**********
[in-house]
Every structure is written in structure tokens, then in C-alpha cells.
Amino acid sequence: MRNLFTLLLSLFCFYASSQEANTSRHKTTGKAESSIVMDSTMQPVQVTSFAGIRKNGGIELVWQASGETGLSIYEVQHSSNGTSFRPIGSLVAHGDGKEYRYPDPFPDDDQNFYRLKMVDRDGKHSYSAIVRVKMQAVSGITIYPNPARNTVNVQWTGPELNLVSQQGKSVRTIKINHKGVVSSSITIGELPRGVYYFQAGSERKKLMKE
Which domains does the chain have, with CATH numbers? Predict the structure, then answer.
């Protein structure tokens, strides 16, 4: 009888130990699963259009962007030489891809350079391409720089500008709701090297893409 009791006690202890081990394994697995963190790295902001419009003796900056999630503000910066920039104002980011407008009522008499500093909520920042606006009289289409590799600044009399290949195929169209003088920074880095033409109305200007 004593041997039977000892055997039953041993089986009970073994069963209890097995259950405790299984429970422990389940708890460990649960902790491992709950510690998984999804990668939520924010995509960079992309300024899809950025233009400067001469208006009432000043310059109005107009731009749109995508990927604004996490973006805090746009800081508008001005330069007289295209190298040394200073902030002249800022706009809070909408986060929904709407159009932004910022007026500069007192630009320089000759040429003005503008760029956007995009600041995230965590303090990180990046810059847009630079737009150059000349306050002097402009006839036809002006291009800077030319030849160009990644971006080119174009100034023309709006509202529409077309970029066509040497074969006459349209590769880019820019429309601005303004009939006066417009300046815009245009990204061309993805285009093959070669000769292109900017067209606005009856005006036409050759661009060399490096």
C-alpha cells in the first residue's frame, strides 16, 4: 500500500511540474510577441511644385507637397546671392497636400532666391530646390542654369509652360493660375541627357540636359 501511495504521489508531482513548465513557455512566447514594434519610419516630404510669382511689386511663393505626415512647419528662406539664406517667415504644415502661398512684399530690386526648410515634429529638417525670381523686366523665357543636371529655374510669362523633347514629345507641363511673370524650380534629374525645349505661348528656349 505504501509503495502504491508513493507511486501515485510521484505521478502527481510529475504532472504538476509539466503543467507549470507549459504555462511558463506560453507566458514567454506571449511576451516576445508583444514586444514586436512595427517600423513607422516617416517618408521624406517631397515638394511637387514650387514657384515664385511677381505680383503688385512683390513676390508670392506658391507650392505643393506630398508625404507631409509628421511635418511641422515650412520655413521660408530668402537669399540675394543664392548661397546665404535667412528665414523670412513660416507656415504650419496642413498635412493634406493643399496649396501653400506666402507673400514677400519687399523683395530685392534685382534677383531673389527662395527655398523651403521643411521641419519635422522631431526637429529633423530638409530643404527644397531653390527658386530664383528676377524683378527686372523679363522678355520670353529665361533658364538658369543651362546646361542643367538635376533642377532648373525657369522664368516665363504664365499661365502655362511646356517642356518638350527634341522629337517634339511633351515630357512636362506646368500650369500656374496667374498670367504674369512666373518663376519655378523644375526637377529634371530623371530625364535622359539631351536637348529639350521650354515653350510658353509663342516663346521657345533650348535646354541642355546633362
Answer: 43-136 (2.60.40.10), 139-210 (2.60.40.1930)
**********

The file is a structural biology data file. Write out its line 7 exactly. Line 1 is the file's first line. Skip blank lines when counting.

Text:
Answer: 43-136 (2.60.40.10), 139-210 (2.60.40.1930)